About Dorset, England, Wills and Probates, 1565-1858
This database contains a collection of wills, letters of administration, and inventories from Dorset, England, for the years 1565 through 1858. Until the 1857 Court of Probate Act came into force in January 1858, wills were proved in ecclesiastical courts. This is the case for the wills in this collection; they fell under ecclesiastical jurisdiction.
If the property dealt with in a will fell within one archdeaconry, that is where the will was likely proved. This is the case for most of the records in this collection, the majority of which fall under the Dorset Archdeaconry. Wills disposing of land and property in more than one archdeaconry but within the same diocese would be proved in a Bishop's Court called the Consistory Court. This would be the Bristol Consistory for records in this collection. Wills may also have been proved within a 'peculiar'. An example from this collection would be the Court of the Peculiar of Canford Magna and Poole, which had jurisdiction over the parishes of Great Canford and Poole.
Finally, wills involving widespread holdings or for those who died abroad were proved by the Prerogative Court of Canterbury (PCC). Because the PCC was held in high regard as a court, it was sometimes used instead of local church courts even by those who weren’t wealthy landowners .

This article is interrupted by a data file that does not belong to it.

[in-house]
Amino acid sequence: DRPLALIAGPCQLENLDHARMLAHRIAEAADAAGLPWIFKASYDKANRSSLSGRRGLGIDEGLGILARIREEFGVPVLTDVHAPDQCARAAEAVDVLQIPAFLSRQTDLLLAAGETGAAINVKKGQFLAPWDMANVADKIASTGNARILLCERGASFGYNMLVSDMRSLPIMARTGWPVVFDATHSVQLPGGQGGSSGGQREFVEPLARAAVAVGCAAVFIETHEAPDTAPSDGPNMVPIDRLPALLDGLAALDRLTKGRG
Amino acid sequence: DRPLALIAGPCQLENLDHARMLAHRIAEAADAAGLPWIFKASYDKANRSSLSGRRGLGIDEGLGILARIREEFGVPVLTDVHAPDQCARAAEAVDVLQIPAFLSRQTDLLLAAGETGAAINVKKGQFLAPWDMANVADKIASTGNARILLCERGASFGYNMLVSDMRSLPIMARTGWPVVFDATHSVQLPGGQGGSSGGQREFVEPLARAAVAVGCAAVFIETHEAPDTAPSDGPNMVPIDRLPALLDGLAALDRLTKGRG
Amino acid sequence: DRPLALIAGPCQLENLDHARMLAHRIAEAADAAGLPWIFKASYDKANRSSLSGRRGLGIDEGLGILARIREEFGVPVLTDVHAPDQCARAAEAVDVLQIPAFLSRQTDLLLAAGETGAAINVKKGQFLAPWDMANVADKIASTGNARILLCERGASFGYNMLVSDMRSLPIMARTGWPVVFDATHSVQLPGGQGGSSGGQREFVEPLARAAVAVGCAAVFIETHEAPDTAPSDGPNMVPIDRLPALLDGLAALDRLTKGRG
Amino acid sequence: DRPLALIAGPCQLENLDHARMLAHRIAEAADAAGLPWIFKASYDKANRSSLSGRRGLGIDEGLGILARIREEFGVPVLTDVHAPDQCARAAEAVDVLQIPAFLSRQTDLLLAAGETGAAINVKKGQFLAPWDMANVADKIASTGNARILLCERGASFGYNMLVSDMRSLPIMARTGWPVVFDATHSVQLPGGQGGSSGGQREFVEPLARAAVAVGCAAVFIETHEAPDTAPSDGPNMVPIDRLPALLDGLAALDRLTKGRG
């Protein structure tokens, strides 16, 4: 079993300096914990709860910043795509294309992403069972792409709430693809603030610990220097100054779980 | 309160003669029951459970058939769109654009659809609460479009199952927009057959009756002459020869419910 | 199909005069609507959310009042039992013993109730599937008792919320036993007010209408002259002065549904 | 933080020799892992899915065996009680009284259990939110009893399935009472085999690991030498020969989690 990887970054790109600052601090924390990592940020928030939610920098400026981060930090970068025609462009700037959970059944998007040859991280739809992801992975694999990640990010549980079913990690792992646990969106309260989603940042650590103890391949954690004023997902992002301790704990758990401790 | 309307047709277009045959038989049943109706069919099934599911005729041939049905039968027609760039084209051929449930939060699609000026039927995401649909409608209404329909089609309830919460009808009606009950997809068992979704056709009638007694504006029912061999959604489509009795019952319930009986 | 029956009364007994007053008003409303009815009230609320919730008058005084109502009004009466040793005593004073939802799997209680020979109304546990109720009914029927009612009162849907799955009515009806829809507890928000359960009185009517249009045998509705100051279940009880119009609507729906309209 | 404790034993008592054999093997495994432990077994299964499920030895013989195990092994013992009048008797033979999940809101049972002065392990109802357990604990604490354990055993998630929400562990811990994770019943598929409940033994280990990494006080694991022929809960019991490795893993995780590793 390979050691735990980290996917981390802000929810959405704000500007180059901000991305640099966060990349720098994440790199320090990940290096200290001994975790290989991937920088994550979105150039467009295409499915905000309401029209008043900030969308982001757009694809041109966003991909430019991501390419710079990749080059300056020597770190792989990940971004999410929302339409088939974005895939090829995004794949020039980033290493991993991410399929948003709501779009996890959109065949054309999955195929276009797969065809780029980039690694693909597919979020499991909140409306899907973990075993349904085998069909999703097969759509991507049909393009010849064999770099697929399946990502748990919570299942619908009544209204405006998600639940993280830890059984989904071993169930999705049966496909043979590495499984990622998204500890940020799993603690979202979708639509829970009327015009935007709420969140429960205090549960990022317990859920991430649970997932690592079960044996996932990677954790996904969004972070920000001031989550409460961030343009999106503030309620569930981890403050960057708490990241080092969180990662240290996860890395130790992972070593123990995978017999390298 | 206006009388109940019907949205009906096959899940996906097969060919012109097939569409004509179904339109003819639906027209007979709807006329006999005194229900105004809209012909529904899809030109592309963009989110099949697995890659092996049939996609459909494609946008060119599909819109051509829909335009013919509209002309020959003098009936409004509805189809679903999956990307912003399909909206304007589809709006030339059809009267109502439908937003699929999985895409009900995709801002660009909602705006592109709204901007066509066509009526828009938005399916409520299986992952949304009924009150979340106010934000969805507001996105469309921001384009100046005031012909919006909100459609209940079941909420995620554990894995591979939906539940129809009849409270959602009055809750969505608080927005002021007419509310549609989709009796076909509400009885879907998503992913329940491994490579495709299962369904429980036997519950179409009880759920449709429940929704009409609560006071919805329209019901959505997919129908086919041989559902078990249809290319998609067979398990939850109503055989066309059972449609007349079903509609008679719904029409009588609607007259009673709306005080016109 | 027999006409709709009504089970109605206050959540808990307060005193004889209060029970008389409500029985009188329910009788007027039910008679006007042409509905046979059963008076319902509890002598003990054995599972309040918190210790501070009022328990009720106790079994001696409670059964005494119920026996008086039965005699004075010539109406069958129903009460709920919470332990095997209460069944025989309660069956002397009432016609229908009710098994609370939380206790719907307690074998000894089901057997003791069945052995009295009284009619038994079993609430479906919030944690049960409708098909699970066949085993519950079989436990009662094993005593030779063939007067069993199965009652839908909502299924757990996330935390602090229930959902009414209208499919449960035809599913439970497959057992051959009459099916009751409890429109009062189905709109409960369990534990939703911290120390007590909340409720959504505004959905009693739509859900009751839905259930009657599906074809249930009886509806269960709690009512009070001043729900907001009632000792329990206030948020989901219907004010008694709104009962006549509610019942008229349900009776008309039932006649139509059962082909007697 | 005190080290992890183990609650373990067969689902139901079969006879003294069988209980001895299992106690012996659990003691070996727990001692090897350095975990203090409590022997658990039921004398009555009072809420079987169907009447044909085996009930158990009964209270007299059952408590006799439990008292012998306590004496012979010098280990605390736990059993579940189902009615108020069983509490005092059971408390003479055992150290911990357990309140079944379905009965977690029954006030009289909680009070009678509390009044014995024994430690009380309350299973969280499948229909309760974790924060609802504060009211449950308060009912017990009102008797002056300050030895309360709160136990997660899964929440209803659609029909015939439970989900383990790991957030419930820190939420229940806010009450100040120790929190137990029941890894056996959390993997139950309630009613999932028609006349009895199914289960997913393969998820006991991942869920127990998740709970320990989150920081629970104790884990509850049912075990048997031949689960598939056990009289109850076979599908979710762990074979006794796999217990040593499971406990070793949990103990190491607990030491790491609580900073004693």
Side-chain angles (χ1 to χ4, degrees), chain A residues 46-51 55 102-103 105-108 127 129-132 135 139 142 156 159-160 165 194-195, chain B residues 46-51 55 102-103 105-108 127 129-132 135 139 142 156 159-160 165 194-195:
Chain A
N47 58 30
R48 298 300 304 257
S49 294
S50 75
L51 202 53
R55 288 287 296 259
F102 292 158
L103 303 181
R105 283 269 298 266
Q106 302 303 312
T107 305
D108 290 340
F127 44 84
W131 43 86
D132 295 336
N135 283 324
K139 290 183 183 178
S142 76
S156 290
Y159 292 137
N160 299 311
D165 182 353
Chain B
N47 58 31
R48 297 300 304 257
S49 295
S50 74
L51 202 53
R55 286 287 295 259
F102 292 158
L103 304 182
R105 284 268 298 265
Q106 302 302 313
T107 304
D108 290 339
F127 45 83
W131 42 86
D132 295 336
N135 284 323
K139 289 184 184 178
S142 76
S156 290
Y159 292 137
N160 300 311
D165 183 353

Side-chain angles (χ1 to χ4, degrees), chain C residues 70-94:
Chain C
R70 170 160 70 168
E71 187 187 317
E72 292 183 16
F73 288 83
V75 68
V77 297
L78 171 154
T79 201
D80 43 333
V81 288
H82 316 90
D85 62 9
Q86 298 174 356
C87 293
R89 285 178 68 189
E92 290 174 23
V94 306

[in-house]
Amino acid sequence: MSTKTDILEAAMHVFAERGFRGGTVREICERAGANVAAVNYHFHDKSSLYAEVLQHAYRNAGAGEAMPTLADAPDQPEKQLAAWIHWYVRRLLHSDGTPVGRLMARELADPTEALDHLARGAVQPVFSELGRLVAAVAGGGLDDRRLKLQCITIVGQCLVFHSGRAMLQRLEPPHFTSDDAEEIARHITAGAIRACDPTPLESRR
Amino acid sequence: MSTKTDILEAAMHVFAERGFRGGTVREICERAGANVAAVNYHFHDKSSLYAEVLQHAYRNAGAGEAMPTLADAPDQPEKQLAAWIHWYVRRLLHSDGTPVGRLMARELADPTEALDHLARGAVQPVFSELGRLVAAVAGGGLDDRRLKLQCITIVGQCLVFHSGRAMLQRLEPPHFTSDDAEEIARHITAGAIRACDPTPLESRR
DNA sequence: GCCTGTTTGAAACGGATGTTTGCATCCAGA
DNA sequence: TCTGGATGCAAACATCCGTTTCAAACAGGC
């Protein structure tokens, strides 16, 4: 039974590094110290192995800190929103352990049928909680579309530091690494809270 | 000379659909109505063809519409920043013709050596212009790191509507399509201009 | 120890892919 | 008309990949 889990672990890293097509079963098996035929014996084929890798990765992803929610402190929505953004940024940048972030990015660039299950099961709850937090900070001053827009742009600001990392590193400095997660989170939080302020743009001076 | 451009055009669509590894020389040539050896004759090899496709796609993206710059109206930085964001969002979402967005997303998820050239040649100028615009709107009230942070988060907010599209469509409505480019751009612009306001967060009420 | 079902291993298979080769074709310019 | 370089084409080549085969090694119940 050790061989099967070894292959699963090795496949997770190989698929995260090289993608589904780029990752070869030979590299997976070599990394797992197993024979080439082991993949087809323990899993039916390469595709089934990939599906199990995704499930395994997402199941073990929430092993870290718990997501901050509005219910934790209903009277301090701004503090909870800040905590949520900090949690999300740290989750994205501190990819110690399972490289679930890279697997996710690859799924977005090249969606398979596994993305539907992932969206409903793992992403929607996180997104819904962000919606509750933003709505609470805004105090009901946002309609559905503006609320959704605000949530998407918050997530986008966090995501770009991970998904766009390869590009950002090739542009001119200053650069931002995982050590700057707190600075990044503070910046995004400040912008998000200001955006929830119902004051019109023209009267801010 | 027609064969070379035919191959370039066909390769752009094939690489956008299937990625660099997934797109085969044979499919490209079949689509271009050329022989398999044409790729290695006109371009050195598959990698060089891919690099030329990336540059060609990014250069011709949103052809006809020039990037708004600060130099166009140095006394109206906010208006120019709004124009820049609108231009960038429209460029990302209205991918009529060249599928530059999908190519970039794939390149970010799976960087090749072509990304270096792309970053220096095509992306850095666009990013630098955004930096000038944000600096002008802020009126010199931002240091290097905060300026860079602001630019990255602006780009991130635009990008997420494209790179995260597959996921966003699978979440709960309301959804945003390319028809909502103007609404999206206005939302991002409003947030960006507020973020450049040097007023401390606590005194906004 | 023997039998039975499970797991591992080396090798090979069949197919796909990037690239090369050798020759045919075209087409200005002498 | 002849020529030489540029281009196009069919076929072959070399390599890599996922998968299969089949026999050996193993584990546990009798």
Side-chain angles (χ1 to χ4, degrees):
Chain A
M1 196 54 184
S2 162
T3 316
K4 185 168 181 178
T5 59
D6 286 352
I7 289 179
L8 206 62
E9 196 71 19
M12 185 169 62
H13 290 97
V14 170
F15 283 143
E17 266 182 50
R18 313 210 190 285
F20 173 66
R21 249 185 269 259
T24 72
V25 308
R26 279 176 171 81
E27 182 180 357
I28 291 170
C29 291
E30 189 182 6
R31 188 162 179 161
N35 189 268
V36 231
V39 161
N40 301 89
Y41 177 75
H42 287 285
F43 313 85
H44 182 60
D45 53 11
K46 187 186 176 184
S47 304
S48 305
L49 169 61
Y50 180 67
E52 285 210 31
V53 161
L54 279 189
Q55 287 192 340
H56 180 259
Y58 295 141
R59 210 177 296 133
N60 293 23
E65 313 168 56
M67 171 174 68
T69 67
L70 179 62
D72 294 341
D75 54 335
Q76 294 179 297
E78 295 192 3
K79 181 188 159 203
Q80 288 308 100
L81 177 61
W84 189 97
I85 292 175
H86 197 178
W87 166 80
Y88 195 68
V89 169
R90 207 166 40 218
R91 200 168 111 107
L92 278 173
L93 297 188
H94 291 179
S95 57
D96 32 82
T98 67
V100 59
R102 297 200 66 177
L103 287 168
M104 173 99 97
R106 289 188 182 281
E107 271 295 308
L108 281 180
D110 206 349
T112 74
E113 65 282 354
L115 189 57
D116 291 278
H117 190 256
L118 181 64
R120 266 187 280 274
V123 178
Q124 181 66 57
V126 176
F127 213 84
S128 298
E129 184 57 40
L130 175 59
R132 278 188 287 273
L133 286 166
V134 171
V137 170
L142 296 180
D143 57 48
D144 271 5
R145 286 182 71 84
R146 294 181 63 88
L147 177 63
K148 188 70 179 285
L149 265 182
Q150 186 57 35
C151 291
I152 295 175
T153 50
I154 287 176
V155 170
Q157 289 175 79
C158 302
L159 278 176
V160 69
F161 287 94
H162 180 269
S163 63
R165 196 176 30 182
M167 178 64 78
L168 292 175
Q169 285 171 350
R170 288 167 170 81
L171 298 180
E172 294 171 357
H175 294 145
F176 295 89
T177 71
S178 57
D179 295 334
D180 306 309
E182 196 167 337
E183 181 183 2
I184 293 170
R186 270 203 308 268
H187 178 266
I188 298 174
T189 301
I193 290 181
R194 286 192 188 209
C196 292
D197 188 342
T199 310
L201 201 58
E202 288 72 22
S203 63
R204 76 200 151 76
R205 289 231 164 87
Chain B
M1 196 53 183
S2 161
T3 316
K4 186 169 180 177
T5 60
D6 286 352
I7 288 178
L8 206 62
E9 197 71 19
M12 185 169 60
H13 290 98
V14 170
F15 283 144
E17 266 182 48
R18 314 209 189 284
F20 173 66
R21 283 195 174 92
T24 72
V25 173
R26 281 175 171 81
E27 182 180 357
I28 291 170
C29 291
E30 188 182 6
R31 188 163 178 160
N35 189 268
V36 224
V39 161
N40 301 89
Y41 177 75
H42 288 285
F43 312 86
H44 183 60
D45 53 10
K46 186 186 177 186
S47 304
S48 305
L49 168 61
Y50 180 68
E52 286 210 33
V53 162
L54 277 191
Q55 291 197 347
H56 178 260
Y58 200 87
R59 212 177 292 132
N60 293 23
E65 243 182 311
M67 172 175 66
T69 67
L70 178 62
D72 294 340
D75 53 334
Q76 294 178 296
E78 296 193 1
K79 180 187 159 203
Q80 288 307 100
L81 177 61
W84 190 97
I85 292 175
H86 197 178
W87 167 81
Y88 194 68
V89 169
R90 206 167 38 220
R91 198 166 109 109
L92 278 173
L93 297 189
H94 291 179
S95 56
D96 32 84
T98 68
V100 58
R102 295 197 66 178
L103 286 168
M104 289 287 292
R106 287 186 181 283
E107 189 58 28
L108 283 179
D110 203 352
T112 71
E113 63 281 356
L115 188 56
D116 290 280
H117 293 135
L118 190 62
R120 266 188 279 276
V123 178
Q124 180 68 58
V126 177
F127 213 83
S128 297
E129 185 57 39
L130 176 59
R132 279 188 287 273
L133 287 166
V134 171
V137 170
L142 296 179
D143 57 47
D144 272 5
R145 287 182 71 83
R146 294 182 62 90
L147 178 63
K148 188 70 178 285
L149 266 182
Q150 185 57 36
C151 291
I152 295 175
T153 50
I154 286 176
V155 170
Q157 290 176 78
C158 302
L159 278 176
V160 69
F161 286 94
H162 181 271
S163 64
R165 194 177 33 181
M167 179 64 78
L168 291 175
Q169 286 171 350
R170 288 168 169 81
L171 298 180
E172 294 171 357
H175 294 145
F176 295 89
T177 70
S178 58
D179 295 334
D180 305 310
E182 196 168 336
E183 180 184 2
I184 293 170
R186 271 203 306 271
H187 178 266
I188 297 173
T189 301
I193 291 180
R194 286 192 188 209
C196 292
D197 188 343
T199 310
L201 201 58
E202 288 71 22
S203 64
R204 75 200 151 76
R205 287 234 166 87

Keep in mind that during this time period, only a small portion of the population made wills. Also, remember that the date a will was recorded is the date it was proved and not when it was written or the date of death.
A letter of administration was needed when no will was left and someone was appointed to be the executor of the estate. The letter usually provides the name, date, and possibly the address of the person appointed executor. The 1670 Statute of Distributions regulated the dispersal of estates without wills, with a third going to the widow and the rest divided among the children or next of kin.
An inventory is a list and valuation of personal property and may provide insight into the lifestyle and wealth of an individual. Inventories were required for a letter of administration to be awarded.
Some of this information was taken from